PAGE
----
The present study has emerged from observations of videotaped data
in which Japanese children and their caregivers are engaged
in real-life activities such as eating and playing. In these
recordings I noticed recurrence of a particular turn format
involving uses of the particle wa by the children. Namely, wa often
appears at the end of a turn produced with question intonation.
The present study is concerned with showing that there are
certain patterns in the sequences involving such uses of wa,
and with reporting exactly how these wa-ending turns are used in
interactional situations in which participants carry out
real life goals. In particular, I will argue that the child uses of
wa-ending turns described in this study primarily rely on the
prospective-linking effect that these wa-ending turns
can accomplish. I will further discuss some aspects of
intersubjectivity manifested in the ways wa-ending turns are used
by the children and the adults.
1. questions on the EM concept of 'relevance'.
These questions were generated by some points made by Jeff Coulter and involve relevance and the necessity of describing context in order to understand interaction. My questions will concern the nature of 'relevance' and its relation to ethnography.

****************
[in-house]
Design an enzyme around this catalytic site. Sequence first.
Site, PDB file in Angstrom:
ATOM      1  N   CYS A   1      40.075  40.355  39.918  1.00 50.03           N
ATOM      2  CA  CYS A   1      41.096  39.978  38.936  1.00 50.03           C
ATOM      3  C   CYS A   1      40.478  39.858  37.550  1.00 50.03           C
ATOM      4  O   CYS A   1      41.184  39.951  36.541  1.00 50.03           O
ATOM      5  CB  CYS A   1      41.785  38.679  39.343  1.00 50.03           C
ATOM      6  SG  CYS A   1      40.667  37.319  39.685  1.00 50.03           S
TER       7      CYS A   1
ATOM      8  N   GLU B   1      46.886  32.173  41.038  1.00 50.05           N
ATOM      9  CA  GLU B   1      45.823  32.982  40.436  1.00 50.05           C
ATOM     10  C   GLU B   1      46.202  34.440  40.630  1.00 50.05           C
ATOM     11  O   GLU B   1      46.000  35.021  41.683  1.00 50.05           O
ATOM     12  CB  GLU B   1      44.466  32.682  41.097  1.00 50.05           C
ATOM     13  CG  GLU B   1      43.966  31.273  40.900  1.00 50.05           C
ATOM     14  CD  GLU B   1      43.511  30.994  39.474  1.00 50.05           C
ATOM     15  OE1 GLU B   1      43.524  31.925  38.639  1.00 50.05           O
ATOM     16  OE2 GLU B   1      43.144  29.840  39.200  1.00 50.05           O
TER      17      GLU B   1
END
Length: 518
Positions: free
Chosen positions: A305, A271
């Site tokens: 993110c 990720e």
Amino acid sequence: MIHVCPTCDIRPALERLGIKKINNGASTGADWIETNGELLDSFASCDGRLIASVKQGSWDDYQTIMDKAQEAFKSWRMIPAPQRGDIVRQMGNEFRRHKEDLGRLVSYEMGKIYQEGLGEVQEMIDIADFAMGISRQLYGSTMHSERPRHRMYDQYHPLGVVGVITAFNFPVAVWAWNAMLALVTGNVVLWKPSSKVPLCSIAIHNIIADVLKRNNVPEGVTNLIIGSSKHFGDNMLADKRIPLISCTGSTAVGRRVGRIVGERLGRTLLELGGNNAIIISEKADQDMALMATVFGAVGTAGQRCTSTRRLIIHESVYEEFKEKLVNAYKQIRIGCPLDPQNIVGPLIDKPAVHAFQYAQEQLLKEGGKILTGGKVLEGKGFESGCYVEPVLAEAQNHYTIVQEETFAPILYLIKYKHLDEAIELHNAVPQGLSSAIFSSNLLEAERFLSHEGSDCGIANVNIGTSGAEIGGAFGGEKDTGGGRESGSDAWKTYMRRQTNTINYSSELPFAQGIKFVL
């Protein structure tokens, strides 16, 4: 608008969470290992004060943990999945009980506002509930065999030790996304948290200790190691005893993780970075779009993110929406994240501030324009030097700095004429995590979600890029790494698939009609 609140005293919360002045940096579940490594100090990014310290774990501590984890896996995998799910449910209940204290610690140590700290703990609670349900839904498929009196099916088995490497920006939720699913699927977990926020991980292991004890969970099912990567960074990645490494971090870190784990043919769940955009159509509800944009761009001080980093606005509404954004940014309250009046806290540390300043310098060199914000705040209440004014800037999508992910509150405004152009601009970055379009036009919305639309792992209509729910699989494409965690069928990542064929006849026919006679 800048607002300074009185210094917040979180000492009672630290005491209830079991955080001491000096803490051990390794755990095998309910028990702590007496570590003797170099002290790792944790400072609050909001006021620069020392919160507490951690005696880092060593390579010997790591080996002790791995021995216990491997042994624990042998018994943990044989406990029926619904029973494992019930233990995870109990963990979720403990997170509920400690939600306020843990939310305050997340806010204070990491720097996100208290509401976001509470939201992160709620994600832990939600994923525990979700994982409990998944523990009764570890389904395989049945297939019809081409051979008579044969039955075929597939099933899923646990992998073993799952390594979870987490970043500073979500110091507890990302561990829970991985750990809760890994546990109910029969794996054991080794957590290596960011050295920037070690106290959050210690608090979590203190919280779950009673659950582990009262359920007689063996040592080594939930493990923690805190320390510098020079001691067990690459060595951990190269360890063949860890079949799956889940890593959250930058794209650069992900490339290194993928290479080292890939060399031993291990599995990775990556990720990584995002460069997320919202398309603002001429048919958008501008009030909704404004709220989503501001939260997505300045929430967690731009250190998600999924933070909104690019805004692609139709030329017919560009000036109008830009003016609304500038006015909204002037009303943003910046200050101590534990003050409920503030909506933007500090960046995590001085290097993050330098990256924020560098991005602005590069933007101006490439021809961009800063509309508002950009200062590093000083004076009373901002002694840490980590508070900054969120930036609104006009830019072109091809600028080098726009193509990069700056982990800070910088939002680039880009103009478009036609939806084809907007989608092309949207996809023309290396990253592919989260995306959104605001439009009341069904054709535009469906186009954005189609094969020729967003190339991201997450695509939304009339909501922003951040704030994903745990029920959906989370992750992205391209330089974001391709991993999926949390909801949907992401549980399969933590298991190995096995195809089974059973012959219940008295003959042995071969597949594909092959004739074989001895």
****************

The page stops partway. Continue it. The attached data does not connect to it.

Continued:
If there is time, I will continue with 2 below:
2. I will present some data related to the Wertschian concepts of ''Referential Perspective' and 'Abbreviation' in relation to the Vygotskian concept of learning. Referential perspective is the perspective created by a speaker when he or she refers to an object. For example, we can call an object on a table 'the apple g3 computer'. A phrase which contains much information. Or, we can call it 'that', which contains less information. The claim is that greater intersubjectivity is indicated when 'that' is used. As for Abbreviation, this involves leaving out explicit instructions and expecting the listener to understand in a task context. For example in a task context where A is teaching B how to use a computer and software, A may say in the beginning "Turn on the computer, open the software, create a file", but later these explicit instructions may become abbreviated and A may only say, "OK, create a file". "Turn on the computer" and "Open the software" are now implied, and hence learned.